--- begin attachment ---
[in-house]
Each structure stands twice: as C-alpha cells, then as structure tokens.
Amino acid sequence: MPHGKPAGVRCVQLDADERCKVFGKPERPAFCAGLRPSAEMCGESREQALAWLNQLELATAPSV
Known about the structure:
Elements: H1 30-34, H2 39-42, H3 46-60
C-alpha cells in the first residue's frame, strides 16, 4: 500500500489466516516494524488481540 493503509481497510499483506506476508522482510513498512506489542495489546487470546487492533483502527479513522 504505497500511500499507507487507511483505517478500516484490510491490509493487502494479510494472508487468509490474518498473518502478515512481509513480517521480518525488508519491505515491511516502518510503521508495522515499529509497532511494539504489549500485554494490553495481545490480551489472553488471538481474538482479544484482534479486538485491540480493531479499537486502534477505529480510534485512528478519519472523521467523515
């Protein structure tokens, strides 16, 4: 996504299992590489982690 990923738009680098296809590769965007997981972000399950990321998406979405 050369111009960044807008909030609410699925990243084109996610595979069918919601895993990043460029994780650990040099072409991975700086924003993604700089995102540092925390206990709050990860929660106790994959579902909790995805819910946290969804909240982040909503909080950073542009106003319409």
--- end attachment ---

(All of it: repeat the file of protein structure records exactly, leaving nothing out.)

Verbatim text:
[in-house]
Each structure stands twice: as C-alpha cells, then as structure tokens.
Amino acid sequence: MPHGKPAGVRCVQLDADERCKVFGKPERPAFCAGLRPSAEMCGESREQALAWLNQLELATAPSV
Known about the structure:
Elements: H1 30-34, H2 39-42, H3 46-60
C-alpha cells in the first residue's frame, strides 16, 4: 500500500489466516516494524488481540 493503509481497510499483506506476508522482510513498512506489542495489546487470546487492533483502527479513522 504505497500511500499507507487507511483505517478500516484490510491490509493487502494479510494472508487468509490474518498473518502478515512481509513480517521480518525488508519491505515491511516502518510503521508495522515499529509497532511494539504489549500485554494490553495481545490480551489472553488471538481474538482479544484482534479486538485491540480493531479499537486502534477505529480510534485512528478519519472523521467523515
């Protein structure tokens, strides 16, 4: 996504299992590489982690 990923738009680098296809590769965007997981972000399950990321998406979405 050369111009960044807008909030609410699925990243084109996610595979069918919601895993990043460029994780650990040099072409991975700086924003993604700089995102540092925390206990709050990860929660106790994959579902909790995805819910946290969804909240982040909503909080950073542009106003319409």